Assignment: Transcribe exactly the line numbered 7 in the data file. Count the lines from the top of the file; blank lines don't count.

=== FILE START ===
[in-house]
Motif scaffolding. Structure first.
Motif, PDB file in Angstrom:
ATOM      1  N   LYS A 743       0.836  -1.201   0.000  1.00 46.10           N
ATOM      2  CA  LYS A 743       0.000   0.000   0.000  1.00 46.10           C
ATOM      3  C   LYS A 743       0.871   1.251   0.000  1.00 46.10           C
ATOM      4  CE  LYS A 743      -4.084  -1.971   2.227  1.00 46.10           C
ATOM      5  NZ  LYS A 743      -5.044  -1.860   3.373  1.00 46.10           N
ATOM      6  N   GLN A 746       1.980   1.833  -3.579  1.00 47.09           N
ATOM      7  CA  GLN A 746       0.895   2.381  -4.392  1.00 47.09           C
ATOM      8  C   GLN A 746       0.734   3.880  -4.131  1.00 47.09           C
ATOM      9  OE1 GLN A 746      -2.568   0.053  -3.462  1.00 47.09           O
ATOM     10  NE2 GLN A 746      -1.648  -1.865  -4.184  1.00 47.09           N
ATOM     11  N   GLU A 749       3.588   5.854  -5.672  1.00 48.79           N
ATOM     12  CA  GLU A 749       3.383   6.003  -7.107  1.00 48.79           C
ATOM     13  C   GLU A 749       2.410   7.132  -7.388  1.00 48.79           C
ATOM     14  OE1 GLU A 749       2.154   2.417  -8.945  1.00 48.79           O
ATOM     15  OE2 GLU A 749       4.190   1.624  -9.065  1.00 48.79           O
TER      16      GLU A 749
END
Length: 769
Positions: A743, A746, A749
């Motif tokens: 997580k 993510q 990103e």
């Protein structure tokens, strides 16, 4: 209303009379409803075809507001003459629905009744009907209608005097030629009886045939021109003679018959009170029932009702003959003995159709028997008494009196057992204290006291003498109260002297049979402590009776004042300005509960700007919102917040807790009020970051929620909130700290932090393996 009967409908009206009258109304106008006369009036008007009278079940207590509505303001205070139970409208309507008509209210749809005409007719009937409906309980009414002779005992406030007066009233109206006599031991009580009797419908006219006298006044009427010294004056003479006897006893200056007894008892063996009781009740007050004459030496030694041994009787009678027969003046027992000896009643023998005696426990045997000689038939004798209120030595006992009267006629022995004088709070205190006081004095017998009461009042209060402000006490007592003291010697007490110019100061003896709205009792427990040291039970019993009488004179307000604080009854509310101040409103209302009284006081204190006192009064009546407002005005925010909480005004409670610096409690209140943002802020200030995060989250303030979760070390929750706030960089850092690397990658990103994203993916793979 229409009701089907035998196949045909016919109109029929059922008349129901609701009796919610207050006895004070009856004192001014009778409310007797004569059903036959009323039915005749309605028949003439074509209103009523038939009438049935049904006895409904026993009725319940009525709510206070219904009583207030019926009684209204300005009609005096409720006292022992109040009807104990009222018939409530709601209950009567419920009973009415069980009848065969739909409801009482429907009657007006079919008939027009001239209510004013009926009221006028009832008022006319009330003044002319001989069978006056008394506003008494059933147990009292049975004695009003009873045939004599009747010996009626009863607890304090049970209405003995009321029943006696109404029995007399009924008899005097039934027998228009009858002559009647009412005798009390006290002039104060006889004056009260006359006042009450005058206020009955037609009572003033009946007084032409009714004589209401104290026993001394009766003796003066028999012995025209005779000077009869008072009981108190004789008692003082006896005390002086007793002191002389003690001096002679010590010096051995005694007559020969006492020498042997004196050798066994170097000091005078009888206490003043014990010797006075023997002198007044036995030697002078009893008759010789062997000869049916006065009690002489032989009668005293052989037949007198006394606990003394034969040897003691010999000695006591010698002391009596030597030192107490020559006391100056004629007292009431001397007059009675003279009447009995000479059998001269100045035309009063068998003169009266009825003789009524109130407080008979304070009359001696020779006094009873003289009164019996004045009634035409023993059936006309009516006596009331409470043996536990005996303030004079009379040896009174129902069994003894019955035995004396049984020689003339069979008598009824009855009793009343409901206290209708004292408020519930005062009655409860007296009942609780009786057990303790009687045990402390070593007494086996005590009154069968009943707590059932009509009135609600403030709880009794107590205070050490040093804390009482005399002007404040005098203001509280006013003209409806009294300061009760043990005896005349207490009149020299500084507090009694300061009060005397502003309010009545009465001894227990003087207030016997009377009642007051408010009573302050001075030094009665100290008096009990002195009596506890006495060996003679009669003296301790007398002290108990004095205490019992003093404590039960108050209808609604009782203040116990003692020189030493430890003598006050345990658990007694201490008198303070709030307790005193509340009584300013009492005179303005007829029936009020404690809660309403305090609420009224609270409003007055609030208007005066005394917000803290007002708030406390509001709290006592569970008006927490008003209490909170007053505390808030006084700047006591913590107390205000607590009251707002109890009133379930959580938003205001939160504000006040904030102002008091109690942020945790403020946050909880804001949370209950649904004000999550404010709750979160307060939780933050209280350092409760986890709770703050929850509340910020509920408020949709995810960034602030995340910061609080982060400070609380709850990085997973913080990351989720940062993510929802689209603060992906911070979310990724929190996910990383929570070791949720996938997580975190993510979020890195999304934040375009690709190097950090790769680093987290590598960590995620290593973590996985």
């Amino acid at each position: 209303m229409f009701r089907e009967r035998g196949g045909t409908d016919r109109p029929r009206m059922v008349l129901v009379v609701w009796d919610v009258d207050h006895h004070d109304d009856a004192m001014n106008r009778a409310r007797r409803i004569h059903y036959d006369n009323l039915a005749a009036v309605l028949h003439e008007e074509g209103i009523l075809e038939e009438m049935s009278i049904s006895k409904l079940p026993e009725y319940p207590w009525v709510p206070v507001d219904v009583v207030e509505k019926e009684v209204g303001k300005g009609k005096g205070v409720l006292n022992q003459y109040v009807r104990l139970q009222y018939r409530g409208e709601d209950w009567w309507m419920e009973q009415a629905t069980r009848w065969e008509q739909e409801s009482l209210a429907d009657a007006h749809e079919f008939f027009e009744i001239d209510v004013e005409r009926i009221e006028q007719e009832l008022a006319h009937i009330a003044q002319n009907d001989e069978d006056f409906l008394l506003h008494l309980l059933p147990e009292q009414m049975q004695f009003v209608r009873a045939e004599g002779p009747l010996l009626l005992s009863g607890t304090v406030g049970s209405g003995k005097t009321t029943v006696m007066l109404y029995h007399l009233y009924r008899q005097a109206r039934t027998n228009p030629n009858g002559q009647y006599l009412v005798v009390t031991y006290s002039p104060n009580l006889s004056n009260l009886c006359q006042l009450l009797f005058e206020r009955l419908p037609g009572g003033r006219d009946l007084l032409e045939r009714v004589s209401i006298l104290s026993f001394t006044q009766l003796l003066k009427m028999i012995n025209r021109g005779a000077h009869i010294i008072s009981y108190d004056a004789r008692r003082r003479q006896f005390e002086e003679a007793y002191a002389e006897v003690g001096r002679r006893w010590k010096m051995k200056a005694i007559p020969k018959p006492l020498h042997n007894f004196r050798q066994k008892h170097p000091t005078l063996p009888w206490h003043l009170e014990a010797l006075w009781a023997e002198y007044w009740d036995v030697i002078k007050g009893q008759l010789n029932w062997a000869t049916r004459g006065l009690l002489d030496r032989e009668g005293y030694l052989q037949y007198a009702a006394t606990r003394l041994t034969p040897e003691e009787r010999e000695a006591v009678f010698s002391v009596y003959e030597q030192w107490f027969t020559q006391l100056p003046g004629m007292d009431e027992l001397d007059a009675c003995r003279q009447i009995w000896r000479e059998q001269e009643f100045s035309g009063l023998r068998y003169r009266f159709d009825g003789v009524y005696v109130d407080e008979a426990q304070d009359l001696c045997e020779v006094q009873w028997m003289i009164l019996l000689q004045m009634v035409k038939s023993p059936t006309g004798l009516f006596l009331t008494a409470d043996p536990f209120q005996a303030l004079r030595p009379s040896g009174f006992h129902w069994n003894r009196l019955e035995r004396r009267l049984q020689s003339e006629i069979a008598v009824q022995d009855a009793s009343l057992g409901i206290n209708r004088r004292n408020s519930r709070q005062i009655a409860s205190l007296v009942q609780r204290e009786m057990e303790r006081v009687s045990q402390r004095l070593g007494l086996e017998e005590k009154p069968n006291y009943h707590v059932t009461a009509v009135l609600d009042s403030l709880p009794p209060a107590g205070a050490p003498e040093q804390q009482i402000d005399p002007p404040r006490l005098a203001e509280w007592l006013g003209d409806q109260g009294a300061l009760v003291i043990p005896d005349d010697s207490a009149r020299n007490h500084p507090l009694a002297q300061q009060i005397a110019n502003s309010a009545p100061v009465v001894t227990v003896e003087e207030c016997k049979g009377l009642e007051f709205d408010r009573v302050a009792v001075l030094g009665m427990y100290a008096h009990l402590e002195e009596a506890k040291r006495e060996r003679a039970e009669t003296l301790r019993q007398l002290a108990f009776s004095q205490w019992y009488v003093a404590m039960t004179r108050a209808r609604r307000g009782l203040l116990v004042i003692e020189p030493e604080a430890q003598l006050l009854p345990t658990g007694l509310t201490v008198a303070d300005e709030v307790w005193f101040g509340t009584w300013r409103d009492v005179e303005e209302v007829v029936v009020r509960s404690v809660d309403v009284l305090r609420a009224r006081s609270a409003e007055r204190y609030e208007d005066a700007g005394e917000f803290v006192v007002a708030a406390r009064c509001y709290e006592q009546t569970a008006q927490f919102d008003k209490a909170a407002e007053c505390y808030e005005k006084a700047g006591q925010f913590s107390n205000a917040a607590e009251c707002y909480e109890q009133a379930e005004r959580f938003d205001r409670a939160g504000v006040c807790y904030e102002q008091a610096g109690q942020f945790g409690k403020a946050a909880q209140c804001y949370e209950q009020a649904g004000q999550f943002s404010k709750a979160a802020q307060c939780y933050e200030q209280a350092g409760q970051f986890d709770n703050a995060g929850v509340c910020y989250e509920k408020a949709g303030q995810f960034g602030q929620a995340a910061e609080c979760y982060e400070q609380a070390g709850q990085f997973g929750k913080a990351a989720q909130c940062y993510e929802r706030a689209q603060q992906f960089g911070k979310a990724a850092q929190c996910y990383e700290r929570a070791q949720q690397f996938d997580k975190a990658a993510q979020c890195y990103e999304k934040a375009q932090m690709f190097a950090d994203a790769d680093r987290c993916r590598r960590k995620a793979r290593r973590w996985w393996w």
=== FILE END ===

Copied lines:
ATOM      4  CE  LYS A 743      -4.084  -1.971   2.227  1.00 46.10           C